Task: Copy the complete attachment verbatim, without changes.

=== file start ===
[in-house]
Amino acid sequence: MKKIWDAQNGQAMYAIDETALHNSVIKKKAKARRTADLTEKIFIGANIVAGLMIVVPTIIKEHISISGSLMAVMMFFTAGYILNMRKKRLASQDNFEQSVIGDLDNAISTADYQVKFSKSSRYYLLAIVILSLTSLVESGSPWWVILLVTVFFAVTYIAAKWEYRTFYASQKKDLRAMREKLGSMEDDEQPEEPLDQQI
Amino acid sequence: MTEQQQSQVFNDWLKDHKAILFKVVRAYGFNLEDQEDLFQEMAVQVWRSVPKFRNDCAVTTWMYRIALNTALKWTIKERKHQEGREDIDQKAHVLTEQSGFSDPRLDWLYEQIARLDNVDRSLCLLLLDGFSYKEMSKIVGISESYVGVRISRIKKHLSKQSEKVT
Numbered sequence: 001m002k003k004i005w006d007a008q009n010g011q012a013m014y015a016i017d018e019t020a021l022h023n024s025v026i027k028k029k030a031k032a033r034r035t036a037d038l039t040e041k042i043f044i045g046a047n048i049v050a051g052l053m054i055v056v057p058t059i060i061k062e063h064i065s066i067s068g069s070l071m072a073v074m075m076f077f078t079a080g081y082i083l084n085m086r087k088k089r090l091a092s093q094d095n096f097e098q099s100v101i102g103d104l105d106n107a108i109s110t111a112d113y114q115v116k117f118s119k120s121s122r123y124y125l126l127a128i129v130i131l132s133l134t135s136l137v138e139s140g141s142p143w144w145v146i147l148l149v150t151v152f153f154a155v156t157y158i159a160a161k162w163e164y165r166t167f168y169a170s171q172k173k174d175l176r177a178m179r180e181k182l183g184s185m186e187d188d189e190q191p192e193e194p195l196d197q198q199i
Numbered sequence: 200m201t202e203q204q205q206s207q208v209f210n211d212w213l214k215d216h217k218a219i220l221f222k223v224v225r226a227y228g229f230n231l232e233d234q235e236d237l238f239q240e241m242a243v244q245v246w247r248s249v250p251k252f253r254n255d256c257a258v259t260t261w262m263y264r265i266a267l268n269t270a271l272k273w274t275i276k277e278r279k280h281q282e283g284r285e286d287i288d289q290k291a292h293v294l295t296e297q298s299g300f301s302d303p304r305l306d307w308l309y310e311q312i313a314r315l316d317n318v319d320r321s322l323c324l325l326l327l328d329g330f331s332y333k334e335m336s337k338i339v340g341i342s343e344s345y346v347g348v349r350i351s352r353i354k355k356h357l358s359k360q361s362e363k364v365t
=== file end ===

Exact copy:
[in-house]
Amino acid sequence: MKKIWDAQNGQAMYAIDETALHNSVIKKKAKARRTADLTEKIFIGANIVAGLMIVVPTIIKEHISISGSLMAVMMFFTAGYILNMRKKRLASQDNFEQSVIGDLDNAISTADYQVKFSKSSRYYLLAIVILSLTSLVESGSPWWVILLVTVFFAVTYIAAKWEYRTFYASQKKDLRAMREKLGSMEDDEQPEEPLDQQI
Amino acid sequence: MTEQQQSQVFNDWLKDHKAILFKVVRAYGFNLEDQEDLFQEMAVQVWRSVPKFRNDCAVTTWMYRIALNTALKWTIKERKHQEGREDIDQKAHVLTEQSGFSDPRLDWLYEQIARLDNVDRSLCLLLLDGFSYKEMSKIVGISESYVGVRISRIKKHLSKQSEKVT
Numbered sequence: 001m002k003k004i005w006d007a008q009n010g011q012a013m014y015a016i017d018e019t020a021l022h023n024s025v026i027k028k029k030a031k032a033r034r035t036a037d038l039t040e041k042i043f044i045g046a047n048i049v050a051g052l053m054i055v056v057p058t059i060i061k062e063h064i065s066i067s068g069s070l071m072a073v074m075m076f077f078t079a080g081y082i083l084n085m086r087k088k089r090l091a092s093q094d095n096f097e098q099s100v101i102g103d104l105d106n107a108i109s110t111a112d113y114q115v116k117f118s119k120s121s122r123y124y125l126l127a128i129v130i131l132s133l134t135s136l137v138e139s140g141s142p143w144w145v146i147l148l149v150t151v152f153f154a155v156t157y158i159a160a161k162w163e164y165r166t167f168y169a170s171q172k173k174d175l176r177a178m179r180e181k182l183g184s185m186e187d188d189e190q191p192e193e194p195l196d197q198q199i
Numbered sequence: 200m201t202e203q204q205q206s207q208v209f210n211d212w213l214k215d216h217k218a219i220l221f222k223v224v225r226a227y228g229f230n231l232e233d234q235e236d237l238f239q240e241m242a243v244q245v246w247r248s249v250p251k252f253r254n255d256c257a258v259t260t261w262m263y264r265i266a267l268n269t270a271l272k273w274t275i276k277e278r279k280h281q282e283g284r285e286d287i288d289q290k291a292h293v294l295t296e297q298s299g300f301s302d303p304r305l306d307w308l309y310e311q312i313a314r315l316d317n318v319d320r321s322l323c324l325l326l327l328d329g330f331s332y333k334e335m336s337k338i339v340g341i342s343e344s345y346v347g348v349r350i351s352r353i354k355k356h357l358s359k360q361s362e363k364v365t